While nobody is perfect, there are countless bad habits that many drivers are guilty of exhibiting behind the wheel. If any of these apply to you, it may be time to reassess your driving and make a conscious effort to break some of these bad habits before you cause an accident.
1. Giving in to Distraction
Distracted driving is the single leading cause of motor vehicle accidents nation-wide. And while most people think of cell phone use when they think of distracted driving, there are many other activities that can create distractions behind the wheel. Some of these include eating, listening to music, or even trying to apply makeup while driving.
2. Driving Too Fast
Speeding is another common contributor to motor vehicle accidents; so if you have a lead foot, now is the time to ease off the accelerator. Aside from making a more concentrated effort to obey posted speed limit signs, it's also important that you learn to adjust your speed in accordance with road conditions. For example, if roads are slick from rain or snow, it's always a good idea to slow down. The same goes with driving through a construction zone or any other roads with obstructions, heavy traffic, or other non-ideal conditions.
3. Having Road Rage
Aggression behind the wheel makes you more prone to making dangerous maneuvers (such as cutting another driver off or even speeding) that can cause accidents. Furthermore, road rage can lead to violence on the road, as you never know who you might anger with your actions and what they may be capable of. If you're guilty of having road rage, try practicing controlled breathing exercises that will help you keep your cool when things get heated behind the wheel.
4. Failing to Signal
Signaling your intentions as a driver is a great way to avoid accidents. All too often, drivers will fail to use their turn signals, especially when changing lanes. It takes only a second to engage your turn signal, and doing so could save lives, not to mention keeping you from getting pulled over! Even if you're sure that there's nobody behind or to either side of you when you're about to turn or change lanes, it's good to get into the habit of using your signal no matter what.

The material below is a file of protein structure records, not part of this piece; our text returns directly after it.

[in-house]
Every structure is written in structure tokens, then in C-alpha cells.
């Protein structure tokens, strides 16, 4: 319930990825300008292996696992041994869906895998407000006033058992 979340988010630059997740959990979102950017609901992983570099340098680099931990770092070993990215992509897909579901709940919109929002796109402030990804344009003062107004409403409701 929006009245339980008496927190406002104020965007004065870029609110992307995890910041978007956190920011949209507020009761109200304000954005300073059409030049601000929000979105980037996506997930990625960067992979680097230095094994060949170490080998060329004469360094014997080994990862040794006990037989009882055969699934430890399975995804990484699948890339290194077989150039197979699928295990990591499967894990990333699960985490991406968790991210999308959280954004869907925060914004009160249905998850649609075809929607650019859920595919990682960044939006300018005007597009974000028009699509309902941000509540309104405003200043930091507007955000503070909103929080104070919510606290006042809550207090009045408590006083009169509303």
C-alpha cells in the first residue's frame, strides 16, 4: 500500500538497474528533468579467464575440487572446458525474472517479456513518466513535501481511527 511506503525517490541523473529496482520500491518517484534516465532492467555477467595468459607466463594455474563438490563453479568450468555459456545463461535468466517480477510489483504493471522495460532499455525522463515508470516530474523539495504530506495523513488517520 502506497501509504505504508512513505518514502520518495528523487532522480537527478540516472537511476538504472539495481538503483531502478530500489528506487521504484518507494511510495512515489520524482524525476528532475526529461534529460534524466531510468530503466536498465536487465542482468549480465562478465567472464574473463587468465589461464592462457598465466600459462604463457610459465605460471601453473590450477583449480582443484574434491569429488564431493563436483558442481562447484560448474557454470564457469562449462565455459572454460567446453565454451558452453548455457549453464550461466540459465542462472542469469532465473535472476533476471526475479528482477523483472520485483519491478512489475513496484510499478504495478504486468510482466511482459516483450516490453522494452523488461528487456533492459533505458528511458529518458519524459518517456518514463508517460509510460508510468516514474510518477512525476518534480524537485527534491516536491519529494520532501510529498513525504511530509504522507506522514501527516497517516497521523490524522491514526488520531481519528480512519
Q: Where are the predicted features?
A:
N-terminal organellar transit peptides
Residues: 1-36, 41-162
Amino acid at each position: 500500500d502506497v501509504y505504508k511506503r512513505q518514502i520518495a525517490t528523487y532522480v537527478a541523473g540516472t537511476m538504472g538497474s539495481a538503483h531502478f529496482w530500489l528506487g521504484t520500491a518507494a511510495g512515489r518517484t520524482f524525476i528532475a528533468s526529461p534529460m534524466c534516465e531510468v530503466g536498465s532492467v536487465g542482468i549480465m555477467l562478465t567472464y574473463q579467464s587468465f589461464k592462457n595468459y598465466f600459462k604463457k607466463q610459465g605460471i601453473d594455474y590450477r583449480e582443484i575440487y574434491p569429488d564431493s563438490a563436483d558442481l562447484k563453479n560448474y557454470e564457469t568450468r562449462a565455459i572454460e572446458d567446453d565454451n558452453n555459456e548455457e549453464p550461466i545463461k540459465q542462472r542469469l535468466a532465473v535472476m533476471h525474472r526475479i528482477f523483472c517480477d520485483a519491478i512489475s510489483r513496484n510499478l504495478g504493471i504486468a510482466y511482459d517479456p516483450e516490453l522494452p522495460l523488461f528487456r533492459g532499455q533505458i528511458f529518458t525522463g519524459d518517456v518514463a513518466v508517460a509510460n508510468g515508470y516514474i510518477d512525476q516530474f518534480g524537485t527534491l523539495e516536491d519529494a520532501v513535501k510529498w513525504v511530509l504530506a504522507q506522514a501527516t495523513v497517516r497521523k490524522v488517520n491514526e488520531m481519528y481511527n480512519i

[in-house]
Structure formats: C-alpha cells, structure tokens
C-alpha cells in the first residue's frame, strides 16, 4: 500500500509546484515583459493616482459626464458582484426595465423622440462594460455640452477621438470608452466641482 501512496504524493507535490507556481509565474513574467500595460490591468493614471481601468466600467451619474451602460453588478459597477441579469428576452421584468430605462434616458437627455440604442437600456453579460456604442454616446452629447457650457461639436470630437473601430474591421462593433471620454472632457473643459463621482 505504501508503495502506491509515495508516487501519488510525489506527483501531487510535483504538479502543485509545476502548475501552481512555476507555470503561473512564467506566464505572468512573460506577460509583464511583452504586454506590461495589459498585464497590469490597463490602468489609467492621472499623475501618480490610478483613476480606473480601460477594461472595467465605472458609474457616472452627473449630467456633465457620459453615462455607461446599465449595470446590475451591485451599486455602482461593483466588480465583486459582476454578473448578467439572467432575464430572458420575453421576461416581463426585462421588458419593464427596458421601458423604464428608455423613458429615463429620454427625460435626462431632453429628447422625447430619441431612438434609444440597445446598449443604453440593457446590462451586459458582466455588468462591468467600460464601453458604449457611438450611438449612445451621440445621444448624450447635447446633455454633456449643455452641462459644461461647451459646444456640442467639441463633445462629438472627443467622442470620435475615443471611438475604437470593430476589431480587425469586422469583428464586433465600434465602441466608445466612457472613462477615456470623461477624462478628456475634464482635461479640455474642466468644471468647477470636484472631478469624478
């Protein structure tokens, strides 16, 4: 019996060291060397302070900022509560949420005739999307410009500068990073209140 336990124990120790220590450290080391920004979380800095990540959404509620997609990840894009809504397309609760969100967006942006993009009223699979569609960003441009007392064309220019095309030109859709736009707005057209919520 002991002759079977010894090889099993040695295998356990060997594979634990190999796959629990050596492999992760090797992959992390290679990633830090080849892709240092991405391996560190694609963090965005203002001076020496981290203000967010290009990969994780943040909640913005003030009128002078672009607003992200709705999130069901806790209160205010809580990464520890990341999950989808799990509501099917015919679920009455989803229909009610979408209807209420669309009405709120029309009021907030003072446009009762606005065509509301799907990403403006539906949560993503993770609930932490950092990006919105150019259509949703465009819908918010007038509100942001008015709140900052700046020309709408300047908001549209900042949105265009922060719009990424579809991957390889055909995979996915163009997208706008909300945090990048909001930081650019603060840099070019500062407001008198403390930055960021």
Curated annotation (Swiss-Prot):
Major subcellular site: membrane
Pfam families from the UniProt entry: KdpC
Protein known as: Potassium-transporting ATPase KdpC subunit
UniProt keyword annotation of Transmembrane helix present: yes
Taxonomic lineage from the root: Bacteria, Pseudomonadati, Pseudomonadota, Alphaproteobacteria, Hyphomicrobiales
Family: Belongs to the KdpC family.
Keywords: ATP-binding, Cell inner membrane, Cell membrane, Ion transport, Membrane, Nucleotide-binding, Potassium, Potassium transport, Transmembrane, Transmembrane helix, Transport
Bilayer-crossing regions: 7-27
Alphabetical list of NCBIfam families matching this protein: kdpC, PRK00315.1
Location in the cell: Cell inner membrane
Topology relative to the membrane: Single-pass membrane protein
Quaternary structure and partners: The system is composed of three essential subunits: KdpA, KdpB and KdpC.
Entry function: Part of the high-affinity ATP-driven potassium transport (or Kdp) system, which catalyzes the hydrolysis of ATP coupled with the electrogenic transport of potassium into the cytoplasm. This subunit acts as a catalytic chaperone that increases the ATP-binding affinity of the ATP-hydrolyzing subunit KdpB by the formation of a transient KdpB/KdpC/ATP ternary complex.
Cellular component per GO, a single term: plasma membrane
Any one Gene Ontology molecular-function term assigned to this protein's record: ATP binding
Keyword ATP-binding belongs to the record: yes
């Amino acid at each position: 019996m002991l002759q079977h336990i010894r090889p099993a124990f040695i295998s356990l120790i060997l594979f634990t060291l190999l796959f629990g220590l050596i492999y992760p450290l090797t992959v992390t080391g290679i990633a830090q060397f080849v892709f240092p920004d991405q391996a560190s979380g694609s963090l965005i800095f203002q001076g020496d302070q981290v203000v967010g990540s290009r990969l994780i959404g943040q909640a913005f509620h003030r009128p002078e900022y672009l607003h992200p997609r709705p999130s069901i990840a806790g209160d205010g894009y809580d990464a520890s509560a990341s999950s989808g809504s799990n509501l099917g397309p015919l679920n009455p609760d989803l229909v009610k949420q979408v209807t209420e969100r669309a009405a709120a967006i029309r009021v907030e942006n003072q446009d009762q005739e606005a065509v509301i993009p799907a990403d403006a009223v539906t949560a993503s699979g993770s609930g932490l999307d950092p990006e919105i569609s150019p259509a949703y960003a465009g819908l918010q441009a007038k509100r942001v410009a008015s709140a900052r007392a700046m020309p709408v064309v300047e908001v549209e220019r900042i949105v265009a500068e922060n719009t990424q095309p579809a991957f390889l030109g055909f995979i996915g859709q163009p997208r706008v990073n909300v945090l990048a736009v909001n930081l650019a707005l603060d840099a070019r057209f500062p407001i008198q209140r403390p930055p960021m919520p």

5. Feeling Superior to Other Motorists
Remember that all motorists have an equal right to share the road. Having a superiority complex over others on the road, such as motorcyclists or even bikers and pedestrians, is not a safe attitude to have, and could lead you to make decisions that put your safety (and the safety of others) at risk. Keep in mind that all motorists and pedestrians have rights and laws that they should be following to maintain safe roadways for everybody.
While you can take steps to avoid exhibiting any of these dangerous behaviors behind the wheel, there is unfortunately nothing you can do to change the habits of other drivers. With this in mind, if you have been injured as a result of a negligent driver, you may want to consider setting up a consultation with an experienced attorney. From there, you can begin the process of pursuing a personal injury claim to recover the costs associated with your injury and have all the help you need from a legal professional along the way.